The family was packed into a vehicle with other refugees and made the long, eight-hour drive from the camp to the airport in Bangkok, bringing what few possessions they had in a worn suitcase, including a small portion of rice and an empty plastic jug to hold water.

They landed in St. Paul, Minnesota, in December 1979, their light clothing and sandals offering little protection against the depths of the bitter winter.

Upon arrival, a Hmong translator introduced them to Betty and George Livingston. For the first time since they submitted their immigration application, they found out they had sponsors. With no other information, they were told to go with the Livingstons.

This was the last time they would have an interaction with another Hmong person for quite some time.

Language was an immediate barrier. Cha's parents did not speak any English and their sponsors did not know the Hmong language.

“I really can’t imagine how my parents must have felt landing in a foreign country, having been exposed to nothing outside of their tight-knit Hmong community, with no education and not being able to communicate with anyone,” said Cha.

“They had to learn so much, almost all of which we take for granted. Even simple things, like telling time, had to be taught.”

Cha's family stayed with the Livingstons for two months.

A recent photo of Cha (second from right) with younger brother, Kai, and Betty and George Livingston. Through their church, the Livingstons sponsored the family, allowing them to come to the United States. Photo credit: Yua Cha.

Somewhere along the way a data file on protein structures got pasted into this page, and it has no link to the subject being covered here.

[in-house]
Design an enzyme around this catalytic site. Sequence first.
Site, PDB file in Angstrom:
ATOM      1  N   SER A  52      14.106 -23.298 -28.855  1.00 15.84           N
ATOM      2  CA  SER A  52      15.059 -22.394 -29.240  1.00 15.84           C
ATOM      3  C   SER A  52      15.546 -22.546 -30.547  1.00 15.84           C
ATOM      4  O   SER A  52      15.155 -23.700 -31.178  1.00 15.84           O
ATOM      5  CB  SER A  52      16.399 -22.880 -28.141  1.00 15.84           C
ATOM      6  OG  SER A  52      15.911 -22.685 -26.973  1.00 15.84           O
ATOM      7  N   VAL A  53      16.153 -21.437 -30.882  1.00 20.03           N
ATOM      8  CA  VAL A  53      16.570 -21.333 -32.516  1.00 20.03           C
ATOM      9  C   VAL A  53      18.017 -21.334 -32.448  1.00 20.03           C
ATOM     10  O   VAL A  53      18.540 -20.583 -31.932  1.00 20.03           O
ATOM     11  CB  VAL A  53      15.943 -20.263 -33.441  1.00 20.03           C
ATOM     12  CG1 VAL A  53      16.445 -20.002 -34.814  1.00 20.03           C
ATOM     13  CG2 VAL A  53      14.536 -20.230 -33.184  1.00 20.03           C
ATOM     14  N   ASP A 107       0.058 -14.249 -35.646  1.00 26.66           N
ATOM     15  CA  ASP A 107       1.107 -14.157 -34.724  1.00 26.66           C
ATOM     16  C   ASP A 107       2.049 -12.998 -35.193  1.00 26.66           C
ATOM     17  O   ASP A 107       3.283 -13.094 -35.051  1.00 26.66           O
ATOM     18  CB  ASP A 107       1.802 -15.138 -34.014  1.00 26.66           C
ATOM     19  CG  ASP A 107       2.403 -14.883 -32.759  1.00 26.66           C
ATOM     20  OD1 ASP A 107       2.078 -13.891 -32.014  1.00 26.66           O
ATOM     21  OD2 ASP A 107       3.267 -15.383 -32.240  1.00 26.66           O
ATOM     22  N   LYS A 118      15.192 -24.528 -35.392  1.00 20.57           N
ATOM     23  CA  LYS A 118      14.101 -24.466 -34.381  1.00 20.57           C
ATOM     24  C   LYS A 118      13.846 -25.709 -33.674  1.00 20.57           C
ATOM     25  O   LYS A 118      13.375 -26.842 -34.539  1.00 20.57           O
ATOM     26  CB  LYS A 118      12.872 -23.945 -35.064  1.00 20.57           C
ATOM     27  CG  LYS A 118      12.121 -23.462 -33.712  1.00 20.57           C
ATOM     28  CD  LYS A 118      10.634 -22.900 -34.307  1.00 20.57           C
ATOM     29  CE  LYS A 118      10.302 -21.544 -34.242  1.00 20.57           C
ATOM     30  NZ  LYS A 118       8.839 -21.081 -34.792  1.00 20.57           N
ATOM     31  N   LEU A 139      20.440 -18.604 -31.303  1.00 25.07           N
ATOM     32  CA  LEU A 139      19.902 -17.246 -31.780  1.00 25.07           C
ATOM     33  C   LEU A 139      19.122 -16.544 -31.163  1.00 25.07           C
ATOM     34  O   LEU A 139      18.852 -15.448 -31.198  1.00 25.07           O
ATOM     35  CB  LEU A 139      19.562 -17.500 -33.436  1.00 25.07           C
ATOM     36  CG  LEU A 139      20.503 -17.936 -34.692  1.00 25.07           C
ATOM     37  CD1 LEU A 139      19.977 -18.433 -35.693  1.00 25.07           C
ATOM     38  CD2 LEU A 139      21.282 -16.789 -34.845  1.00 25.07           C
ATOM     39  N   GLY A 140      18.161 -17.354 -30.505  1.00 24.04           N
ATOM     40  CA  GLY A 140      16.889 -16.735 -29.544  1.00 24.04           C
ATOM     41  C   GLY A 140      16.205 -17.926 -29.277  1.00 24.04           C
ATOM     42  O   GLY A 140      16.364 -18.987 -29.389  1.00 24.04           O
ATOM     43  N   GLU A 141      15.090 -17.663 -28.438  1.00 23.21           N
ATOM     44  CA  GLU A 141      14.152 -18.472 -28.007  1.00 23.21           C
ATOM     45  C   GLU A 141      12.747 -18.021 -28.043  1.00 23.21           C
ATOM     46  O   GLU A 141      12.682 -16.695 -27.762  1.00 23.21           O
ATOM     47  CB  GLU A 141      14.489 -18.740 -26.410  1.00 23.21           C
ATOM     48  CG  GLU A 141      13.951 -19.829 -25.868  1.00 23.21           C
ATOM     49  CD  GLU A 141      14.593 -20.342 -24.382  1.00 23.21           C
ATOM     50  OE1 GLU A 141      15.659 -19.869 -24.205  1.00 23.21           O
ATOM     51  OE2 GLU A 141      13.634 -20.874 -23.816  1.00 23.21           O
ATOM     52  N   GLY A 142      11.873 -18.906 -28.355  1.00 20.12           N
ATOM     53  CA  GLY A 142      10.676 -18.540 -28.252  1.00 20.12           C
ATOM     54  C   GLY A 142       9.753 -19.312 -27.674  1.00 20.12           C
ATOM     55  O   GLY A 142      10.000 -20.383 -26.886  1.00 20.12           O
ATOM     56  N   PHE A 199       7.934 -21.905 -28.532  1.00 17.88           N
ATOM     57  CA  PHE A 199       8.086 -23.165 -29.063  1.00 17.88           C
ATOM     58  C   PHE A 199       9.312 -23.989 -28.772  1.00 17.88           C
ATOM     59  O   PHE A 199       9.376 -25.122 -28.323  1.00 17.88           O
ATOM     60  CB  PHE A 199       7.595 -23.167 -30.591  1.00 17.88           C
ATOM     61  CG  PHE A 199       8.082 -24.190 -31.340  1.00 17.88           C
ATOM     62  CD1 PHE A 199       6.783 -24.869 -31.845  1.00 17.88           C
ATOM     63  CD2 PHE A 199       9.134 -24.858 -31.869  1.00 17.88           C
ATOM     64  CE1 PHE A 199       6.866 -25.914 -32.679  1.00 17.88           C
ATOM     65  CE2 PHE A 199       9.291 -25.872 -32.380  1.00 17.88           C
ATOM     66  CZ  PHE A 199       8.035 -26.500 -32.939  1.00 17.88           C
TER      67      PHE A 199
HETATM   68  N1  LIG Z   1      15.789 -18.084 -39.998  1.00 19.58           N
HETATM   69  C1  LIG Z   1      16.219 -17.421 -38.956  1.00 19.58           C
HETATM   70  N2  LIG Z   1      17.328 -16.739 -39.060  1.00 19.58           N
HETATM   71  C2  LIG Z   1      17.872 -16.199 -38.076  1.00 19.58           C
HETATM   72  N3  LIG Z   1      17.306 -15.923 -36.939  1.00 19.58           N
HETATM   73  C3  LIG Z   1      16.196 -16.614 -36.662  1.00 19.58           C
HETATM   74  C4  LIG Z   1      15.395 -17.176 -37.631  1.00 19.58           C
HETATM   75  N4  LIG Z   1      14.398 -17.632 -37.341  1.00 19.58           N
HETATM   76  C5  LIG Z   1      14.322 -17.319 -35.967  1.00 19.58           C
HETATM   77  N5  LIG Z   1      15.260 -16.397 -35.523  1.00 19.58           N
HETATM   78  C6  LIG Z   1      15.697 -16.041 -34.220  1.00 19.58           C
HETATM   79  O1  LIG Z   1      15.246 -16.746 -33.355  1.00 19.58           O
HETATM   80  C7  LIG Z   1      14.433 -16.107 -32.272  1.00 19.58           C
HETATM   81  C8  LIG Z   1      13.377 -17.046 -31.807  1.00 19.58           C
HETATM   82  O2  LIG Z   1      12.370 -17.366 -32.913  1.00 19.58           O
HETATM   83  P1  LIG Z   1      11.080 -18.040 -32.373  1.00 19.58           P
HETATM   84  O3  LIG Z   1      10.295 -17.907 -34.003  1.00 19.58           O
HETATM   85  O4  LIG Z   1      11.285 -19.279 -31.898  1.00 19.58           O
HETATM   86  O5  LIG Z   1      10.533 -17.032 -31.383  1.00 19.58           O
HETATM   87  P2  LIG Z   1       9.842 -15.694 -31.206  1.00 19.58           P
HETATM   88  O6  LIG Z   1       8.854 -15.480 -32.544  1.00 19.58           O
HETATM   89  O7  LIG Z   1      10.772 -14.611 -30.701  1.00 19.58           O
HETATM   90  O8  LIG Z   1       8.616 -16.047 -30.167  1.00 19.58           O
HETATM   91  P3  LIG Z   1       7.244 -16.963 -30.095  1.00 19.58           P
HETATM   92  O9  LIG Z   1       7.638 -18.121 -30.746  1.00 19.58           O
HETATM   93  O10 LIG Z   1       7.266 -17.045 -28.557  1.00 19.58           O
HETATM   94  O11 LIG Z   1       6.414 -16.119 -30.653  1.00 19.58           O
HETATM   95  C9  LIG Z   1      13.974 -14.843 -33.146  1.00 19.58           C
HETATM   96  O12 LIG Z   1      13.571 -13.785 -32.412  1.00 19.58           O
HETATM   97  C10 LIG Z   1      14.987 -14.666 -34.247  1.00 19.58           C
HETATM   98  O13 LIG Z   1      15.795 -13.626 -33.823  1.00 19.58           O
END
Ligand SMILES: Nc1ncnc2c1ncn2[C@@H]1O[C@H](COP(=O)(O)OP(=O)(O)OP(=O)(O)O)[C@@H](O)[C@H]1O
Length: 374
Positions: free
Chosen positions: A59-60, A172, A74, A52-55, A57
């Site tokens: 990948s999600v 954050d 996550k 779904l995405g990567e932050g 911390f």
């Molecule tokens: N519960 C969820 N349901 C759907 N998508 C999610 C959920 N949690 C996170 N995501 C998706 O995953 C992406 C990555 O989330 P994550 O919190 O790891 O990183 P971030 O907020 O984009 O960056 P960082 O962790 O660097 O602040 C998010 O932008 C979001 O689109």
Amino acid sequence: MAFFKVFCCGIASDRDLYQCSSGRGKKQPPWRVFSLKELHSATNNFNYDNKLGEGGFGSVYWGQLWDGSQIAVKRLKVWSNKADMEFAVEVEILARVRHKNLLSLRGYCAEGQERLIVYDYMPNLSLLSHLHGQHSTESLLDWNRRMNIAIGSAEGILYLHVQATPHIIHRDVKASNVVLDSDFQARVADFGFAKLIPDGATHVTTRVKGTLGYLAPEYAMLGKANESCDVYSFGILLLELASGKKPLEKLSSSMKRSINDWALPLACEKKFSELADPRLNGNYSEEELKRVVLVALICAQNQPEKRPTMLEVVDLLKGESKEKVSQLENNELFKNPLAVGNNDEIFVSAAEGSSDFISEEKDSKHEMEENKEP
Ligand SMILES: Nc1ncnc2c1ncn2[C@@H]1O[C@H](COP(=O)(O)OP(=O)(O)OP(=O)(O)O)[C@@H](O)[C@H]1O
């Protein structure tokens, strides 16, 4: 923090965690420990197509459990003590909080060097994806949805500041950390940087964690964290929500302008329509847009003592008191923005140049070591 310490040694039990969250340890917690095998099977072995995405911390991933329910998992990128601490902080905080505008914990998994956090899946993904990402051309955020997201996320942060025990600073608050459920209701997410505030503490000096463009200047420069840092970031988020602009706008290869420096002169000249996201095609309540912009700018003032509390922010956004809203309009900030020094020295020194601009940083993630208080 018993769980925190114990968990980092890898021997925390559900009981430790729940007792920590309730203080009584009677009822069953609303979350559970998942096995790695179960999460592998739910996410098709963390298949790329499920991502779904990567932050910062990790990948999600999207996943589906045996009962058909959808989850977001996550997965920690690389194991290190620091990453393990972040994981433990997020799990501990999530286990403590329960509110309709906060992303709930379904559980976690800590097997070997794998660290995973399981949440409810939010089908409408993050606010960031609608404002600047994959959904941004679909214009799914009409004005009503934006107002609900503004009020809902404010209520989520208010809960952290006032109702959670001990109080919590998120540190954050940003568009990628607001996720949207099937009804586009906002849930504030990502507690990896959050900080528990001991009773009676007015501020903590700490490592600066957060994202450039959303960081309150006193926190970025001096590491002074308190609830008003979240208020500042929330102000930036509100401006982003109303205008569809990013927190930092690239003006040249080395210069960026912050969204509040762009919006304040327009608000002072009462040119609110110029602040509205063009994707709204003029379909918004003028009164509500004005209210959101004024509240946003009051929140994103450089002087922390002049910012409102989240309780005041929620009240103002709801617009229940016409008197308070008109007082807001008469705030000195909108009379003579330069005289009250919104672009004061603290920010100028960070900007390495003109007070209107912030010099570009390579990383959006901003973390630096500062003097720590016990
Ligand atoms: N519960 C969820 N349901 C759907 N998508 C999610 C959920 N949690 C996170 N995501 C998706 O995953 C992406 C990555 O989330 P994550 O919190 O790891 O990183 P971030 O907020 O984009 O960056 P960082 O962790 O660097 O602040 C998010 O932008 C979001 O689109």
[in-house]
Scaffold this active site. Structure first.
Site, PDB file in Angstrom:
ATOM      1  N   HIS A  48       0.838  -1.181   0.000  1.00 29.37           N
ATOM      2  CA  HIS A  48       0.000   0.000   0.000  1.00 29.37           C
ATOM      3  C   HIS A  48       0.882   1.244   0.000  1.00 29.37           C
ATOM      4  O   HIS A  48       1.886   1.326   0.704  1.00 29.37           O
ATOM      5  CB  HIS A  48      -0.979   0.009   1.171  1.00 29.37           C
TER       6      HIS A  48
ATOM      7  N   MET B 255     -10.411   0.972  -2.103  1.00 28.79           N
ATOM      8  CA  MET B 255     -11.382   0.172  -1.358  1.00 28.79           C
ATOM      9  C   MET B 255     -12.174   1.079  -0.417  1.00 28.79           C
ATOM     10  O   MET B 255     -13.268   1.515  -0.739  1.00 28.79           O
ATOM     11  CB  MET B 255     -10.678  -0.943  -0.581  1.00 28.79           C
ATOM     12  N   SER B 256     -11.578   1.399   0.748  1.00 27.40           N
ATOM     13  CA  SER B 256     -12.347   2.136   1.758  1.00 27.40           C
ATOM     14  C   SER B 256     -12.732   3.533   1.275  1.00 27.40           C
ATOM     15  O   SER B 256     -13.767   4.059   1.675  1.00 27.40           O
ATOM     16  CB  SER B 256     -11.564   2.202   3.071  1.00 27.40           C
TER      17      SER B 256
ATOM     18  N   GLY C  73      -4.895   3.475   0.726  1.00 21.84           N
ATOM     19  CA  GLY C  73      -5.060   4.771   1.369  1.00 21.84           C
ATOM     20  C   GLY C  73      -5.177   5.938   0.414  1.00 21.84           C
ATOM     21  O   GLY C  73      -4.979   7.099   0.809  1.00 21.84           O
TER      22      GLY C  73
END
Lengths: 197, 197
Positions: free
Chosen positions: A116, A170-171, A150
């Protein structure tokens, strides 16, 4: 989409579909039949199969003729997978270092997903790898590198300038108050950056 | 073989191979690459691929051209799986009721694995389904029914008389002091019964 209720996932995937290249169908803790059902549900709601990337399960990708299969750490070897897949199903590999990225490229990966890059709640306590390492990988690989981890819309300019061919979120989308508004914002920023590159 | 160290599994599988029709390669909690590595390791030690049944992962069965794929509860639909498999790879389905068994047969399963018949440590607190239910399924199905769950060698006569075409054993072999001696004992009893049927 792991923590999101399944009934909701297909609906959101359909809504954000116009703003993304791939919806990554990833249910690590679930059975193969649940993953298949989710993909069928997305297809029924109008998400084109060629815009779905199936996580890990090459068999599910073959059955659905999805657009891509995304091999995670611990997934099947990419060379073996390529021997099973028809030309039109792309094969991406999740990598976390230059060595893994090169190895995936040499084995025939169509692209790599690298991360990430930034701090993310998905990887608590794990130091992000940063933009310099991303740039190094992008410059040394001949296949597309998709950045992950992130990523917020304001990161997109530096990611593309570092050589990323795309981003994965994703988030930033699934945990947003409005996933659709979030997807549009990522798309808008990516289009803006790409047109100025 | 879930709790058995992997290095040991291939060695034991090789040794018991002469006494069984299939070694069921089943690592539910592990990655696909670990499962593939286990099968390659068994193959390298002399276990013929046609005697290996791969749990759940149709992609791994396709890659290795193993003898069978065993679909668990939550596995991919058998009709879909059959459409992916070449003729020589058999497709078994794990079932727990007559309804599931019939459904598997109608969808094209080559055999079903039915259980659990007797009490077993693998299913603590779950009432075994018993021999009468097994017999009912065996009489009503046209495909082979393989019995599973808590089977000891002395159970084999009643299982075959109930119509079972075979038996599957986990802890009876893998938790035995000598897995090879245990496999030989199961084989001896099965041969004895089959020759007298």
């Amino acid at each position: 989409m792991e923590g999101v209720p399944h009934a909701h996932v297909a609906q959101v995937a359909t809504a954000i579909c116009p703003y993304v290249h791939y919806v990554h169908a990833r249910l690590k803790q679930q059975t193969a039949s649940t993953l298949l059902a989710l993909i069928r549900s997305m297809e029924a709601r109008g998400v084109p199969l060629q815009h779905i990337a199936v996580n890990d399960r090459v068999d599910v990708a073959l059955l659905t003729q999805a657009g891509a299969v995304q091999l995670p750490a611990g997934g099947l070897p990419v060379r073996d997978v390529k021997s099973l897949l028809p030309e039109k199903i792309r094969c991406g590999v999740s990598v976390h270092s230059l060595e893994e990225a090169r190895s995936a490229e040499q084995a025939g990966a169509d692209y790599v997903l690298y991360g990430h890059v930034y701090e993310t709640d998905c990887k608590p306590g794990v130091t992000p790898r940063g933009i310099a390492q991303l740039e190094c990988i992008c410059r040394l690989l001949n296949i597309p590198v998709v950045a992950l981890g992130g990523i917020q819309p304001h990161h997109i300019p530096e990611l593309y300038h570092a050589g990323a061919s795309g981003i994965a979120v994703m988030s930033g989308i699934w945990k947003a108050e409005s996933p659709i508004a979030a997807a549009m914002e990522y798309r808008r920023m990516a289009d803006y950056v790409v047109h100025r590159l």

“They did everything for us, from getting us an apartment, to enrolling us in school to helping my father get a job. My parents wouldn’t have known what to do without them,” said Cha.

The Livingstons, who remain close friends, helped Cha's parents sign up for English classes and enrolled Cha’s brother, Chia, in school.

“My parents weren’t familiar with the concept of formal education, and despite George and Betty trying to pantomime that they were taking my brother to school, my parents had no idea where he went each day,” said Cha.

“Eventually, when he started speaking English, they made the connection that wherever he was going, he was learning.”

Cha and Chia became advocates for their parents.

“We didn’t realize it at the time, but they depended on us. We were only children, but we could speak English and helped them navigate the government, school and financial systems in the U.S. We weren’t aware at the time, but my parents had so much confidence in us to help them,” she said.

With each new experience, the family continued to adapt to American life.

Yua Cha (right) with her parents and four of her siblings in St. Paul, Minnesota. Photo credit: Yua Cha.


Cha recalls her earliest memory of how Western culture impacted her.

“I remember when I was in first grade our assignment was to draw a self-portrait. I have dark hair and dark eyes, but I drew myself with blonde hair and blue eyes. The teacher pulled me aside, put me in front of a mirror and asked me, ‘What color are your eyes?’ I told her they were blue. I could tell she was appalled by my response and probably thought I was being defiant,” said Cha.